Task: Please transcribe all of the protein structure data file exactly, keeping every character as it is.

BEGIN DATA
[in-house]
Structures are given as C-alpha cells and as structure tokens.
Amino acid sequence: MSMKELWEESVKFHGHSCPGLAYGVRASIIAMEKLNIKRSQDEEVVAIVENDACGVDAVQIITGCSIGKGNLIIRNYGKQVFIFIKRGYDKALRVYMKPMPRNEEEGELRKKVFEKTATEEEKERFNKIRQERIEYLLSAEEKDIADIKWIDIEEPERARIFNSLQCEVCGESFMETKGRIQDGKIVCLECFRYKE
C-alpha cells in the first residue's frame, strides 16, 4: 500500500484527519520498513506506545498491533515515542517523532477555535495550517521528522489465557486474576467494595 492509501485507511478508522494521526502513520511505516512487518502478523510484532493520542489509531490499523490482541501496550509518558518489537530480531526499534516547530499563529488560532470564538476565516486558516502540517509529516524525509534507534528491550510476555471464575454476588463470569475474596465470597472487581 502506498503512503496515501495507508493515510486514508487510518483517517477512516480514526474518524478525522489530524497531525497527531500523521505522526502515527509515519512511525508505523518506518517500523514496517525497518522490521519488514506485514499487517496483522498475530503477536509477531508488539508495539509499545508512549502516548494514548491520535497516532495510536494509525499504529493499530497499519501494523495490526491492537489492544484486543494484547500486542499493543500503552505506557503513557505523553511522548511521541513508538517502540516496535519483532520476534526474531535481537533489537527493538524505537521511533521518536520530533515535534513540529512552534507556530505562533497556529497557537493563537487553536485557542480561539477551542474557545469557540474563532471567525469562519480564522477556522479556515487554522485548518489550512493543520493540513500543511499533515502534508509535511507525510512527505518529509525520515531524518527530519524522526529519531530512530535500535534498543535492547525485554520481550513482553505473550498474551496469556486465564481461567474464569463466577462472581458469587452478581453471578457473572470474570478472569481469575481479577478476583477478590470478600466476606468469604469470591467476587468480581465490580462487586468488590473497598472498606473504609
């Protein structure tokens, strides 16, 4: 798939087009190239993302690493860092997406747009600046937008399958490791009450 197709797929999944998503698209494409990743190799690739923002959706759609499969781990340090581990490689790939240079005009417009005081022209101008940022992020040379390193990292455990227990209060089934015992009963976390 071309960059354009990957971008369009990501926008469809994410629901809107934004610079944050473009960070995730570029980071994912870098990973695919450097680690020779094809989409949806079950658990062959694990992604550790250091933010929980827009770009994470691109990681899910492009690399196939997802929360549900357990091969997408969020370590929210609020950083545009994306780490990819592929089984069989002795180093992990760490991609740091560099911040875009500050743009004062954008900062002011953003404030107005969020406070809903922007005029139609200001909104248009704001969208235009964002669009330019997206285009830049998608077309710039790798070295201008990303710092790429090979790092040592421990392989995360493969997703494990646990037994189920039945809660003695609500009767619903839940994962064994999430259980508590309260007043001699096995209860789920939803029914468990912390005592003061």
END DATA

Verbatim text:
[in-house]
Structures are given as C-alpha cells and as structure tokens.
Amino acid sequence: MSMKELWEESVKFHGHSCPGLAYGVRASIIAMEKLNIKRSQDEEVVAIVENDACGVDAVQIITGCSIGKGNLIIRNYGKQVFIFIKRGYDKALRVYMKPMPRNEEEGELRKKVFEKTATEEEKERFNKIRQERIEYLLSAEEKDIADIKWIDIEEPERARIFNSLQCEVCGESFMETKGRIQDGKIVCLECFRYKE
C-alpha cells in the first residue's frame, strides 16, 4: 500500500484527519520498513506506545498491533515515542517523532477555535495550517521528522489465557486474576467494595 492509501485507511478508522494521526502513520511505516512487518502478523510484532493520542489509531490499523490482541501496550509518558518489537530480531526499534516547530499563529488560532470564538476565516486558516502540517509529516524525509534507534528491550510476555471464575454476588463470569475474596465470597472487581 502506498503512503496515501495507508493515510486514508487510518483517517477512516480514526474518524478525522489530524497531525497527531500523521505522526502515527509515519512511525508505523518506518517500523514496517525497518522490521519488514506485514499487517496483522498475530503477536509477531508488539508495539509499545508512549502516548494514548491520535497516532495510536494509525499504529493499530497499519501494523495490526491492537489492544484486543494484547500486542499493543500503552505506557503513557505523553511522548511521541513508538517502540516496535519483532520476534526474531535481537533489537527493538524505537521511533521518536520530533515535534513540529512552534507556530505562533497556529497557537493563537487553536485557542480561539477551542474557545469557540474563532471567525469562519480564522477556522479556515487554522485548518489550512493543520493540513500543511499533515502534508509535511507525510512527505518529509525520515531524518527530519524522526529519531530512530535500535534498543535492547525485554520481550513482553505473550498474551496469556486465564481461567474464569463466577462472581458469587452478581453471578457473572470474570478472569481469575481479577478476583477478590470478600466476606468469604469470591467476587468480581465490580462487586468488590473497598472498606473504609
């Protein structure tokens, strides 16, 4: 798939087009190239993302690493860092997406747009600046937008399958490791009450 197709797929999944998503698209494409990743190799690739923002959706759609499969781990340090581990490689790939240079005009417009005081022209101008940022992020040379390193990292455990227990209060089934015992009963976390 071309960059354009990957971008369009990501926008469809994410629901809107934004610079944050473009960070995730570029980071994912870098990973695919450097680690020779094809989409949806079950658990062959694990992604550790250091933010929980827009770009994470691109990681899910492009690399196939997802929360549900357990091969997408969020370590929210609020950083545009994306780490990819592929089984069989002795180093992990760490991609740091560099911040875009500050743009004062954008900062002011953003404030107005969020406070809903922007005029139609200001909104248009704001969208235009964002669009330019997206285009830049998608077309710039790798070295201008990303710092790429090979790092040592421990392989995360493969997703494990646990037994189920039945809660003695609500009767619903839940994962064994999430259980508590309260007043001699096995209860789920939803029914468990912390005592003061």